Healthy Travel



When I was an opera singer I was quite paranoid about travelling to say the least. Would I catch anything from other travellers? Would the pillows and duvets in the Hotels/Apartments be duck down and therefore I would get allergies? Did I bring my nasal sprays, throat sprays etc. Will the air be dry in the theatres/hotels? Did that child in the seat behind me just cough? And the list went on and on.

Now that part of my life is behind me I relax. Literally!

Not only was it physically hard work to keep up with my routines and paranoia, it was also psychologically hard work.  I have never been so well since giving up singing. Mainly because I didn’t enjoy what I was doing. For years, I had been defined as Susan the singer, and I believed that was the only thing I did well. Once I let go of that and realised that I could do whatever I wanted I started my healing process. It took a long time and was painful as well. I felt like I was giving in or giving up and the stubborn part of me hung on to it for quite a while.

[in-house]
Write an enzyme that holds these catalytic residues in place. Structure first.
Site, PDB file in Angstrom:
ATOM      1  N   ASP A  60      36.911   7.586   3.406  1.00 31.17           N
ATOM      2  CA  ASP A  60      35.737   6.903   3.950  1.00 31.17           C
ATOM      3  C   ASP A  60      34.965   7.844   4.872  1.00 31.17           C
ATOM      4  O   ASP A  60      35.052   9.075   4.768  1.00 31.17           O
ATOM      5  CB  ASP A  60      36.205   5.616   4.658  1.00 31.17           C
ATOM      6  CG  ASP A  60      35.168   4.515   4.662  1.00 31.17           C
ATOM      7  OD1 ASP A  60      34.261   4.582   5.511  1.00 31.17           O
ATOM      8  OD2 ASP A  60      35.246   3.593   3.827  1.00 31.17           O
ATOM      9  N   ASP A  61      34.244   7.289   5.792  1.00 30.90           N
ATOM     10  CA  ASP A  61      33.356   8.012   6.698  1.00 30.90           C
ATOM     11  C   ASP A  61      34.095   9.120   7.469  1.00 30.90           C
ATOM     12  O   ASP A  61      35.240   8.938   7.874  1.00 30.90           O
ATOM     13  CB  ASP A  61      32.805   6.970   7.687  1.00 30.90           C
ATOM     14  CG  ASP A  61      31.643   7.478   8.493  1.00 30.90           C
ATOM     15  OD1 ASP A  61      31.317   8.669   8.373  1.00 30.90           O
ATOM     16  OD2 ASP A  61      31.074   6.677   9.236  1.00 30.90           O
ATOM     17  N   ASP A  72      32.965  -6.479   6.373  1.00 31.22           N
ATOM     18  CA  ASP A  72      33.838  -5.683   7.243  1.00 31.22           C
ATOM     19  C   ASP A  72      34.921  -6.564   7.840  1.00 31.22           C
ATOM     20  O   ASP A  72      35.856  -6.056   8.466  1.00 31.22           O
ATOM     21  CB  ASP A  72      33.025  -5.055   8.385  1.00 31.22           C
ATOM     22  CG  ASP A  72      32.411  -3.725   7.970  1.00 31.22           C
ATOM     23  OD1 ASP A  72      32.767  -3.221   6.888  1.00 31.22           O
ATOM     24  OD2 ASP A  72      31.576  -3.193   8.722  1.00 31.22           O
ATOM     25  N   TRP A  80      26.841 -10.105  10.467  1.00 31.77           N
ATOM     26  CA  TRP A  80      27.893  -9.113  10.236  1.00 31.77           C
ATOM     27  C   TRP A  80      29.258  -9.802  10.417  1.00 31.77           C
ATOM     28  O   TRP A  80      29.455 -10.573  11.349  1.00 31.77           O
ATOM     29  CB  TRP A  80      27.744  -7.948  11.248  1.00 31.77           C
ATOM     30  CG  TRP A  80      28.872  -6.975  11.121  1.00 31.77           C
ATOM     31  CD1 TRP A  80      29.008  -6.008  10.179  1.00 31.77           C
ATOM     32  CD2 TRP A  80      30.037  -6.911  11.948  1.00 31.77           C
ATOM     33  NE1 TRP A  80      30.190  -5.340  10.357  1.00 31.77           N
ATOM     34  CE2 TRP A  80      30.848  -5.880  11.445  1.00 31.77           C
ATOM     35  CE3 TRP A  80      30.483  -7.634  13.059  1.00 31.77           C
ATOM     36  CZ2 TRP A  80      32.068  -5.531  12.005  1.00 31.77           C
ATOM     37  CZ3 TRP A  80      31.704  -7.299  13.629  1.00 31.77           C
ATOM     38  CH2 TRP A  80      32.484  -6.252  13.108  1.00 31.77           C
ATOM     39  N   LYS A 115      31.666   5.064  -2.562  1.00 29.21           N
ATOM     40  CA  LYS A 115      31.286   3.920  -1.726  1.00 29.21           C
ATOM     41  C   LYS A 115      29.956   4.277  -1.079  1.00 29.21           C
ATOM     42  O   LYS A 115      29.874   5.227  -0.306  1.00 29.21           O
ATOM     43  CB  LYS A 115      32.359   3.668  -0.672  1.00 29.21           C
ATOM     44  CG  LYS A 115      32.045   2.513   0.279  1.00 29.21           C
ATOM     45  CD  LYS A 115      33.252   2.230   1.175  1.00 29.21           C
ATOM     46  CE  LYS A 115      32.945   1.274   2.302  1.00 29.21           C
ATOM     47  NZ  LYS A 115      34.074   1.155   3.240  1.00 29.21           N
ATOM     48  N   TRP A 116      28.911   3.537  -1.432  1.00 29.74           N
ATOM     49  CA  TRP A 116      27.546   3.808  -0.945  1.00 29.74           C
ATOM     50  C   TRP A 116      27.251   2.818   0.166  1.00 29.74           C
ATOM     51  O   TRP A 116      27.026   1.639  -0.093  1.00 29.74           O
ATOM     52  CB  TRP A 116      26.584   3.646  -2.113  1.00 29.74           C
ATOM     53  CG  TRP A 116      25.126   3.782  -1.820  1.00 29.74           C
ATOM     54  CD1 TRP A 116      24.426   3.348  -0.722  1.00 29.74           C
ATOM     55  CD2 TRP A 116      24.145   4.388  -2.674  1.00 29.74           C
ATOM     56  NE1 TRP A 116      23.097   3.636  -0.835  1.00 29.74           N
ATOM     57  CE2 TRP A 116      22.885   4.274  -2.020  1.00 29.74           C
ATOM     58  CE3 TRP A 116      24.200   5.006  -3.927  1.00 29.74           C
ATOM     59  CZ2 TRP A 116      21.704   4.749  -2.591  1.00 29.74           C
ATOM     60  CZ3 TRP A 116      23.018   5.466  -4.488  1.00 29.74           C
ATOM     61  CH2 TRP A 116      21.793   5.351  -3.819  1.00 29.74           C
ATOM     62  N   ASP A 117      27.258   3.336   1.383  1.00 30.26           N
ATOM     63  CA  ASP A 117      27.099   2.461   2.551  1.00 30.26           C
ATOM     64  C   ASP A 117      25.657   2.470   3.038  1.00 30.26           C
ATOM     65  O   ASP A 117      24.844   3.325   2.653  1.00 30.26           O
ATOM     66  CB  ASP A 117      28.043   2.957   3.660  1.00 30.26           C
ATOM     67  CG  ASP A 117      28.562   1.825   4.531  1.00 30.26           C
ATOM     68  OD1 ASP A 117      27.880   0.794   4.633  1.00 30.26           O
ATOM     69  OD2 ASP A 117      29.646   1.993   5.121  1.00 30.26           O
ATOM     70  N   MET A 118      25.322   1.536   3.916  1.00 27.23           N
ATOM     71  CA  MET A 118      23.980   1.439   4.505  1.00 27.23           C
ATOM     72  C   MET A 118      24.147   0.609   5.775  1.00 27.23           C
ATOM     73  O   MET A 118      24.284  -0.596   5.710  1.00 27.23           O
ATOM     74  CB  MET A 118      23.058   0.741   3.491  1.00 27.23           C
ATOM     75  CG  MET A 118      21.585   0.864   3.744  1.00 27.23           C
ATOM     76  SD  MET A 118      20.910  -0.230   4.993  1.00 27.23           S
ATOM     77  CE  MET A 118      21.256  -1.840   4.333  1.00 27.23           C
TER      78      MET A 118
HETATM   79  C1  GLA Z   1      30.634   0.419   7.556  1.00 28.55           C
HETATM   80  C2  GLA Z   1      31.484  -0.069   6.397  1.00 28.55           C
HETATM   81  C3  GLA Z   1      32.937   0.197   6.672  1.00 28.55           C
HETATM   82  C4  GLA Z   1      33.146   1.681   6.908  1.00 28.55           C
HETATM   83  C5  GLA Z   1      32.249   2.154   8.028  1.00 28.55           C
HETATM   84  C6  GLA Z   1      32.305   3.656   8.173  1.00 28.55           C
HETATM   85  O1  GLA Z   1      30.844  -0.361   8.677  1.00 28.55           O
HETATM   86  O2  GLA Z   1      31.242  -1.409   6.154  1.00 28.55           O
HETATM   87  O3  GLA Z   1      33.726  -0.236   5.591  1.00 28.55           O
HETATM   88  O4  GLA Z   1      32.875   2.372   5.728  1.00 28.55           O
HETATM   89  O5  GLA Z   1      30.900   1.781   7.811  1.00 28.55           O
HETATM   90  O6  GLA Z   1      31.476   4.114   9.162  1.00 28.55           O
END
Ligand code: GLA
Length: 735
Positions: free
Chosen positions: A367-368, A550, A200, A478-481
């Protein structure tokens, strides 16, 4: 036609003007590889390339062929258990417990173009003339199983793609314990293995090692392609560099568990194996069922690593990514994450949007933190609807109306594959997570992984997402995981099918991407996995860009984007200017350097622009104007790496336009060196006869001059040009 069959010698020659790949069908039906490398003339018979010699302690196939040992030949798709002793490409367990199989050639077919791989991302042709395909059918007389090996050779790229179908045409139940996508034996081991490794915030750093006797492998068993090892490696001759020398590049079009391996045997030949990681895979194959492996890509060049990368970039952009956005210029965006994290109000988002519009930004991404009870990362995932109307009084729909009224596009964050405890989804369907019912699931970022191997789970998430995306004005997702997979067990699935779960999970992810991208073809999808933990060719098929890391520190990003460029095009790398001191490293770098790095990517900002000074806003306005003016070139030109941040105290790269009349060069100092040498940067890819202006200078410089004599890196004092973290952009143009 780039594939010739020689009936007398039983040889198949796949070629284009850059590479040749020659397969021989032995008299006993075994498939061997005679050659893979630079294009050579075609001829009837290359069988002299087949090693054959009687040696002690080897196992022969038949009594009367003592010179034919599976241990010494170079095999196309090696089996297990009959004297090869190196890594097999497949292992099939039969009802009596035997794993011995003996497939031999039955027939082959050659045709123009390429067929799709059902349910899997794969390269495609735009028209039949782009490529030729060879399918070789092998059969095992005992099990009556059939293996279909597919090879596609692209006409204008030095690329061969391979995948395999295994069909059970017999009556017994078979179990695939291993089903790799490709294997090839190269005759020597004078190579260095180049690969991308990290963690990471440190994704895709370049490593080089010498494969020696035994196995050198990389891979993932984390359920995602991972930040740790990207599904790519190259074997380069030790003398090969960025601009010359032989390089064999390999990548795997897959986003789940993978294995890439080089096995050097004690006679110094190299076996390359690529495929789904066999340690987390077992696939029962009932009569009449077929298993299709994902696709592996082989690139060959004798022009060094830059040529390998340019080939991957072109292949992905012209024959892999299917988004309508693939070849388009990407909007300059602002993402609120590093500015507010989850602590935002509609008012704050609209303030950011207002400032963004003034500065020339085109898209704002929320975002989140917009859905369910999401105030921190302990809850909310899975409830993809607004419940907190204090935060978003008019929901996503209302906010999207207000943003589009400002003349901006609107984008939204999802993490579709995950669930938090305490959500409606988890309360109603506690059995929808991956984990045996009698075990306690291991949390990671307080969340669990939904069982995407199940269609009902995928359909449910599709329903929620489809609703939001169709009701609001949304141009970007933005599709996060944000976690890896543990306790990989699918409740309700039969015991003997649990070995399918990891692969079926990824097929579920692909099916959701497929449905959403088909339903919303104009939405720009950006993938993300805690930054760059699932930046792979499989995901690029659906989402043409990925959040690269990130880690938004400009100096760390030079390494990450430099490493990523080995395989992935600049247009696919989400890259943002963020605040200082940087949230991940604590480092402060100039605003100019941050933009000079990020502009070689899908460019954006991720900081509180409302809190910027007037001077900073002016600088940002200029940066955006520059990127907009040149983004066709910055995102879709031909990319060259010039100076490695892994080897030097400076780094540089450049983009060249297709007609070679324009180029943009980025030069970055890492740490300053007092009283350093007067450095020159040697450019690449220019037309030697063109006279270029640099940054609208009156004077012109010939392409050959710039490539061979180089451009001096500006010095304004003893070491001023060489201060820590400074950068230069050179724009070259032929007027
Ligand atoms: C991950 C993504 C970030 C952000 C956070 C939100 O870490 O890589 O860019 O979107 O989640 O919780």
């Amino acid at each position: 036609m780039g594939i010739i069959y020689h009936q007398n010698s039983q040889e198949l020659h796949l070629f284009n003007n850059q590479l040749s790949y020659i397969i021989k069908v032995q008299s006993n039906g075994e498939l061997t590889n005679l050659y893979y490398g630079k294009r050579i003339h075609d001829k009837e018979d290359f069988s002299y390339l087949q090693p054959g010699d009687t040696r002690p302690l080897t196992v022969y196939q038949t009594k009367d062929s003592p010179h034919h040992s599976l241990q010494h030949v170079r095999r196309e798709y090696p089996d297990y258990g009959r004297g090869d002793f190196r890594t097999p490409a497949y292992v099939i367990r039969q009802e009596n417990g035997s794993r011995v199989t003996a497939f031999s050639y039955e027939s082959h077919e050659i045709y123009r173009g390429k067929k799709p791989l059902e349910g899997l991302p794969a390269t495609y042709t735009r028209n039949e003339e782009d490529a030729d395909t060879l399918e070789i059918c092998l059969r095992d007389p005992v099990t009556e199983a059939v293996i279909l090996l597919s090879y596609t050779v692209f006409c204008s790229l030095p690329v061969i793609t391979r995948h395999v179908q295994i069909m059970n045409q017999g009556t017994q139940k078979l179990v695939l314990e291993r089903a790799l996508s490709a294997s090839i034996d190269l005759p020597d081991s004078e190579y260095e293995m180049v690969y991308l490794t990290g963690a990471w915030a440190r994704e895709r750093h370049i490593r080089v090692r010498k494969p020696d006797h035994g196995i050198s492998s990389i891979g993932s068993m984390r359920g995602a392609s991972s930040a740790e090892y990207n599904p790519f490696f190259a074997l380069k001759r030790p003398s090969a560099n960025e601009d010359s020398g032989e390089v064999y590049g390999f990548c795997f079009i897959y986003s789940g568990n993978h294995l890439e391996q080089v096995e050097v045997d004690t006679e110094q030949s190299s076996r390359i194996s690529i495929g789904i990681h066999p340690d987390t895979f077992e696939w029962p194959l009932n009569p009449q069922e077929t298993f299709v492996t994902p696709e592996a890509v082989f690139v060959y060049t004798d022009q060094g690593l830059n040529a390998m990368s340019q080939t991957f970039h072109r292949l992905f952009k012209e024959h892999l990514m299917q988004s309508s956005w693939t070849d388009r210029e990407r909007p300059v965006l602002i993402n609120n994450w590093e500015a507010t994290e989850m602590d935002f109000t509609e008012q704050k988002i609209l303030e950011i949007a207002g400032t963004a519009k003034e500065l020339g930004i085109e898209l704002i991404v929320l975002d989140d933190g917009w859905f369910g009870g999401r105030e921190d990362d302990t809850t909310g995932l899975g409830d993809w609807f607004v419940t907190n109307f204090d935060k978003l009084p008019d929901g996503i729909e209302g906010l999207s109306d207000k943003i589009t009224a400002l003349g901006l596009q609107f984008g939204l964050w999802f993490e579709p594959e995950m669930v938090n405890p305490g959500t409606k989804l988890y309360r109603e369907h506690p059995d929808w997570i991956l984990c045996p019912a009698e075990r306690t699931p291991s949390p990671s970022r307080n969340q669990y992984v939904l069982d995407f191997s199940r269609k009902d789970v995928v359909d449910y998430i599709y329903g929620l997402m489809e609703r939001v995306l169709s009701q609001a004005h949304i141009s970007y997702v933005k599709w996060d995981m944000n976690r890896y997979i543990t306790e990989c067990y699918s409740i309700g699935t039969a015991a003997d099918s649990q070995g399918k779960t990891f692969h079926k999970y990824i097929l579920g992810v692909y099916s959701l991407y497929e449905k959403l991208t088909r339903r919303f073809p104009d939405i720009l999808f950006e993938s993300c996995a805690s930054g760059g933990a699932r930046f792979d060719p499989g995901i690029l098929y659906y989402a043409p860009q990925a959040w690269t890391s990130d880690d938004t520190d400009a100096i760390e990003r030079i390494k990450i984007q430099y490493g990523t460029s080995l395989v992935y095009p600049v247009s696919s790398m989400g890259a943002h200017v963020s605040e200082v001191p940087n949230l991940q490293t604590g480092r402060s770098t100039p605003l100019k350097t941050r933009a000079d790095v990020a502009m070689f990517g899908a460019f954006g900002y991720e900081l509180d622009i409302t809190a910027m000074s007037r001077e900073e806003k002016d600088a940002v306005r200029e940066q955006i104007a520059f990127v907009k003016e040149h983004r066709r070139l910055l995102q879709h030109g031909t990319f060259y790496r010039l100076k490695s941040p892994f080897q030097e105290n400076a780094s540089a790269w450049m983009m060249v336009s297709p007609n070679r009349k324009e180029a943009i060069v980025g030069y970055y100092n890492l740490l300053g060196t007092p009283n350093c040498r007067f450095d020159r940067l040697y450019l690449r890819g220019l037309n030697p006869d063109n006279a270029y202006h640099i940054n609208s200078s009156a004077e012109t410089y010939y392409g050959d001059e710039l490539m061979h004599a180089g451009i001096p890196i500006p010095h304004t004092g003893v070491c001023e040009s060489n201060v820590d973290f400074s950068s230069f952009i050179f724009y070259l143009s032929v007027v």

It was only after doing Amnanda that I gained the courage to take the plunge. I am now an Amnanda therapist and see transformations all the time in my clients. I’ll talk about Amnanda in another blog post.

So now when I travel I am much more relaxed about children coughing.


My expectations are always positive.

I like to be organised though, especially before I leave home. By being somewhat organised, it relieves the stress of what I dislike most – packing! I have a packing list which I have had for years and that takes the pressure off the suitcase/bag packing. On my list is clothing essentials, toiletries, important stuff like passport etc, I even have a miscellaneous column.  As I think of new things I add them, my list has become quite extensive now but I never forget anything.  I also have a “to do before I go” list which has things like turn the switches off, water plants, adjust heating etc. All of this makes my journey way less stressful and it doesn’t take long. I highly recommend it.

The other important thing I do is put on my energetic boundary shield and I always travel wearing my Jade necklace.


The shield is a very handy thing. If you are going to be around a lot of people or even one person in particular that sucks the life out of you then I recommend putting on a shield. All I do is go through the motions of putting on an invisible suit of armour, or even a cape depending on the situation. I put on the trousers, the jacket, and the helmet so that I’m fully covered. Then I am set. But you must remember to take that shield off at night before you go to bed. If you don’t then your energy will become stuck underneath it and you might feel very peculiar indeed. I’ve got a note on my bedside table to remind me. If I do forget I feel it a couple of days later that’s for sure.  I can recommend a fantastic book on the subject called Energetic Boundaries by Cyndi Dale.